Shenzhen, China: European Ryder Cup stalwarts Justin Rose and Ian Poulter have given the thumbs up to their new course at Mission Hills.
During a visit to Shenzhen, the English duo officially unveiled the unique par-72 layout, designed in conjunction with Brian Curley, principal of Schmidt-Curley Design.
Especially suited to match play golf, the makeover of the course has already been acknowledged as Renovation of the Year by one publication and is the latest illustration of the innovative skills of Schmidt-Curley Design.
Curley said: “With the Rose-Poulter pairing and their past successes at match play, we placed a real focus on creating a renewed strategy that incorporates a number of risk-reward opportunities.
“While there remains a strong emphasis on playability and width, this is a demanding course, yet a fun playing experience.”
According to Curley, the emphasis of the remodel was to make use of ‘the fantastic bones associated with the original layout, its tree-lined corridors and majestic views’.
He added: “The course has some stunning visuals that incorporate more rugged bunkering and native grass and transitional edges that seamlessly blend into the outer boundaries.”
Other enhancements include more bunkering along the centrelines of play while greensites have seen an introduction of additional features to both punish and reward.
The tee surfaces have been expanded significantly, resulting in long ribbons of tight mow rather than individual tees, thus creating many more options for hole length including the opportunity to have drivable par-fours and reachable par-fives.
The Rose-Poulter Course is one of 12 at the Mission Hills resort – officially the world’s biggest golf club – spread across Shenzhen and Dongguan in southern China.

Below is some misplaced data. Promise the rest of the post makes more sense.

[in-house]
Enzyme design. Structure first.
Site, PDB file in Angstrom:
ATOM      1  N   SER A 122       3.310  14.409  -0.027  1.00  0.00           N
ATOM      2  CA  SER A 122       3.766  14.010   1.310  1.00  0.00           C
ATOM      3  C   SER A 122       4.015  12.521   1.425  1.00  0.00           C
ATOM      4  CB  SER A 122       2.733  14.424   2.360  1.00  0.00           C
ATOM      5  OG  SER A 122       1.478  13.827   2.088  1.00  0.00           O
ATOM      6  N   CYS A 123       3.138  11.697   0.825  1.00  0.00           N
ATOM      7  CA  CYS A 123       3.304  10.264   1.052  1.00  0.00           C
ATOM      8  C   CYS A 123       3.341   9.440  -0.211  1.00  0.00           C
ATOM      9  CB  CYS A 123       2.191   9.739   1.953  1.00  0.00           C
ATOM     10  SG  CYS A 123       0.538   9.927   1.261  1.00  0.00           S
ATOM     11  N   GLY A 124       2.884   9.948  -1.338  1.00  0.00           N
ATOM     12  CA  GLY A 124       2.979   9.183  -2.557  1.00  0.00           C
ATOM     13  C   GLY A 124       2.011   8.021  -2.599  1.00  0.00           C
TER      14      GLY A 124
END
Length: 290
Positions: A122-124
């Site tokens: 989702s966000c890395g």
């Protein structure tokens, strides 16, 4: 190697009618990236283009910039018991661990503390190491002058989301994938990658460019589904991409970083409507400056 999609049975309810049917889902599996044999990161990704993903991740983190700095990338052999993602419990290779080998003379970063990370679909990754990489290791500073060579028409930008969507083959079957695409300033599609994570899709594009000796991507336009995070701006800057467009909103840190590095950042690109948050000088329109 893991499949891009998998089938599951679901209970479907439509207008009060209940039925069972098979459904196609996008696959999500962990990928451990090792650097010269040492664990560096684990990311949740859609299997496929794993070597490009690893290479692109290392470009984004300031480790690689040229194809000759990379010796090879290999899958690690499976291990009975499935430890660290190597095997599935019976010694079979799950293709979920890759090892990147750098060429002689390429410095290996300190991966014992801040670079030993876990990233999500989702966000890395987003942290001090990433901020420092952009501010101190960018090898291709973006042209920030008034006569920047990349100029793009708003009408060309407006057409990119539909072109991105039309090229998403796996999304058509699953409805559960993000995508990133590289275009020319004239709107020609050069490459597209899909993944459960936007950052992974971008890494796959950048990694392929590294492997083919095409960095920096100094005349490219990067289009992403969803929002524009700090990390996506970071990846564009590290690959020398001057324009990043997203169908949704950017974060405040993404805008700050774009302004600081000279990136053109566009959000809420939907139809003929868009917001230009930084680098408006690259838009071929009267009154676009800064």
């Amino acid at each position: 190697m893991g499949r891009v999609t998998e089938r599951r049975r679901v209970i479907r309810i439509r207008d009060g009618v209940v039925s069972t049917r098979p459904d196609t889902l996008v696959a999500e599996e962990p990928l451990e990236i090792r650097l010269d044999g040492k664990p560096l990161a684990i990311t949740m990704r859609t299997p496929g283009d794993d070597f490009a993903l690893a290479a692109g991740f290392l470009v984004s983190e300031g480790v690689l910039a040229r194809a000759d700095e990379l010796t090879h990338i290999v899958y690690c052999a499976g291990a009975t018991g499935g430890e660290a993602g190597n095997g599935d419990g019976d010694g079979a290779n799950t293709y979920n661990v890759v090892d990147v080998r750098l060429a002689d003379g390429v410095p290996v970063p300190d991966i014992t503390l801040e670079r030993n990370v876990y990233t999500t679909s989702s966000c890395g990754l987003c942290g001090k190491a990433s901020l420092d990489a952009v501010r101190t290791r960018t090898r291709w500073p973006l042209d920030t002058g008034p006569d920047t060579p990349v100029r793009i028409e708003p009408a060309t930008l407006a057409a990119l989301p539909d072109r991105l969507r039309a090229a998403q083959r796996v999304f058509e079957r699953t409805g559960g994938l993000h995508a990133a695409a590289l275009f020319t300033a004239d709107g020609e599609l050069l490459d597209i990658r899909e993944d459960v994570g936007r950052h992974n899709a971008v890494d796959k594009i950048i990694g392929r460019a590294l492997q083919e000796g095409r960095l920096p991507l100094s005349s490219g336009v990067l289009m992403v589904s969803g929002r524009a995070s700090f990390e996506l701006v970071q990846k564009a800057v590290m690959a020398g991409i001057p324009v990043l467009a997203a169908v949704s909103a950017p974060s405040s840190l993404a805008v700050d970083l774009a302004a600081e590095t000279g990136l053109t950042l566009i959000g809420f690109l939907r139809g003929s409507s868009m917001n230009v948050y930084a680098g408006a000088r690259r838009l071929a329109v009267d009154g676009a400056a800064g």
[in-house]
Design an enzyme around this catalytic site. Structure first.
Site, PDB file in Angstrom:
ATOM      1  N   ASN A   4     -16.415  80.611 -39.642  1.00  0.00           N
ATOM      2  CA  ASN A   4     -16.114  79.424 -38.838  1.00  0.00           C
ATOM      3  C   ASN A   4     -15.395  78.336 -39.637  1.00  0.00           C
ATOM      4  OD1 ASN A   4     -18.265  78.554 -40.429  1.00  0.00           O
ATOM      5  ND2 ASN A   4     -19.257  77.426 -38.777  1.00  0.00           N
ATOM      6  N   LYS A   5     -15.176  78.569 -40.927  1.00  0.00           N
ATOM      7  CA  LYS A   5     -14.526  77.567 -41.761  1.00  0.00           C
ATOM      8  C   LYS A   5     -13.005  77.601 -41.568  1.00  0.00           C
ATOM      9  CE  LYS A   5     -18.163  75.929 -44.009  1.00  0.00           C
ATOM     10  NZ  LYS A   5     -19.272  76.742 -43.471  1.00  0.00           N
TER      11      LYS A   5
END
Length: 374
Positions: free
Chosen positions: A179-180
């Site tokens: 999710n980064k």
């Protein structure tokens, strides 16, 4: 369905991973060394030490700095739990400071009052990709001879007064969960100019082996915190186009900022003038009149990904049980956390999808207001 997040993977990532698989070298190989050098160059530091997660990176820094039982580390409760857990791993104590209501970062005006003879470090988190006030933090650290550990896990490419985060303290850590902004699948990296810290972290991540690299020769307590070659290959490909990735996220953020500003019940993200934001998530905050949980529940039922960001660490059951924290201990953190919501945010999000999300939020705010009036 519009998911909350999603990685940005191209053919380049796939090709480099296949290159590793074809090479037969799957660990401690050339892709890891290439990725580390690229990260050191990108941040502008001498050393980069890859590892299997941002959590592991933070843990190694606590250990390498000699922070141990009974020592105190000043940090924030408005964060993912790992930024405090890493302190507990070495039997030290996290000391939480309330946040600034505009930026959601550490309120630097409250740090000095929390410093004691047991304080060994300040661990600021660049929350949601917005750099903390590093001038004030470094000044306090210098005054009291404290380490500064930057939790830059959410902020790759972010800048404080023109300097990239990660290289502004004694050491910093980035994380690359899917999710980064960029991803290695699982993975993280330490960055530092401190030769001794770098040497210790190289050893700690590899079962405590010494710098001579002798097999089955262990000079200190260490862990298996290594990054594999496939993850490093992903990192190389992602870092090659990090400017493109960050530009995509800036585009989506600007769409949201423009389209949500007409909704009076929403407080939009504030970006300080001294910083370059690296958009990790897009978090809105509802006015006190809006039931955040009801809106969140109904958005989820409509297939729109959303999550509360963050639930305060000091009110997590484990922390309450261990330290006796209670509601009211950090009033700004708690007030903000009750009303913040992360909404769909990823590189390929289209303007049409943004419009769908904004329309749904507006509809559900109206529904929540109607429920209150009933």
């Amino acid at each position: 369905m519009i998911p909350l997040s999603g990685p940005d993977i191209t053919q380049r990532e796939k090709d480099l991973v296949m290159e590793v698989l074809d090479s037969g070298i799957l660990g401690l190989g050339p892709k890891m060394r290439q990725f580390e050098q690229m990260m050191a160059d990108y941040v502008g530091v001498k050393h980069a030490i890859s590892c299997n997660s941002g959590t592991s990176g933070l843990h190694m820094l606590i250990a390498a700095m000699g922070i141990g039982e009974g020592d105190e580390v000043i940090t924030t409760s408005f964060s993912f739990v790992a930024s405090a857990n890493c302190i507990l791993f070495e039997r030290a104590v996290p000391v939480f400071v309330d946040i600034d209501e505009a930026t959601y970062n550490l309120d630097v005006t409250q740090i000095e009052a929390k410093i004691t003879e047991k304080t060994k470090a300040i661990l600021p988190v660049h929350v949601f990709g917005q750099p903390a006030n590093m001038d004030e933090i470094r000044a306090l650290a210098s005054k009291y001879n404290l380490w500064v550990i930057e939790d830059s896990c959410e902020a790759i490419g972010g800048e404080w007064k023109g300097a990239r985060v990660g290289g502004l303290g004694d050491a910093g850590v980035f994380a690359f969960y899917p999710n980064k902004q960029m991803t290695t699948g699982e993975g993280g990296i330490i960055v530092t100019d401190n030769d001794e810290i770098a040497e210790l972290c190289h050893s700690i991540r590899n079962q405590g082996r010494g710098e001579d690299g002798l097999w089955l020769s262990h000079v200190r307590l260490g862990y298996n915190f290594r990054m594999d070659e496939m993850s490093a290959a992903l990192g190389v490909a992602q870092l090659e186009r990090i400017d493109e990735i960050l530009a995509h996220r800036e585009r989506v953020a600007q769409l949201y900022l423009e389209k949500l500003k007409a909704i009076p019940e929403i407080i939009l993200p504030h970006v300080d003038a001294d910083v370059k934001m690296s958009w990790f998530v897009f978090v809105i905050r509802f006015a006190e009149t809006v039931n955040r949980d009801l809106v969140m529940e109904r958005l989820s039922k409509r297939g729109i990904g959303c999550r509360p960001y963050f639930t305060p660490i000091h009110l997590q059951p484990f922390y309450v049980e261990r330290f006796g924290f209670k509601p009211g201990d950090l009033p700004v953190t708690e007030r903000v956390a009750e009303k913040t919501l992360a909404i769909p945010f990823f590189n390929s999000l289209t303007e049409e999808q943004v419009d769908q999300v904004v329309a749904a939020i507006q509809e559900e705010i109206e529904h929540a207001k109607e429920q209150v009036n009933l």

After defeating his friend and compatriot in a head-to-head encounter over the course, former US Open champion Rose said: “It’s designed to give you a lot of options. You can run the ball into the greens, you can work the contours, but if you miss the contours and end up on the side, then you have a difficult recovery shot.
“We want players of all abilities to have a good time, to get off the tee and feel like they have a chance, but then the course gets a bit more tricky around the greens.
“A lot of the great courses, like Augusta National, for example, are generous off the tee but then the skill is in the second shot, the chipping and the putting, and I feel that is what this golf course is about.”
Poulter added: “It’s all about risk and reward. There are five par-fives and five par-threes. You’re taking shots on, so it’s not easy … but it’s great fun.
“Everyone who plays it is going to have a great time – they will make lots of birdies and they might make a few bogeys, but the course plays very well.”
Kansas, United States: Marc Weston, Course Superintendent at Indian Hill Country Club, has been named a Grassroots Ambassador Leadership Award winner from the Golf Course Superintendents Association of America.
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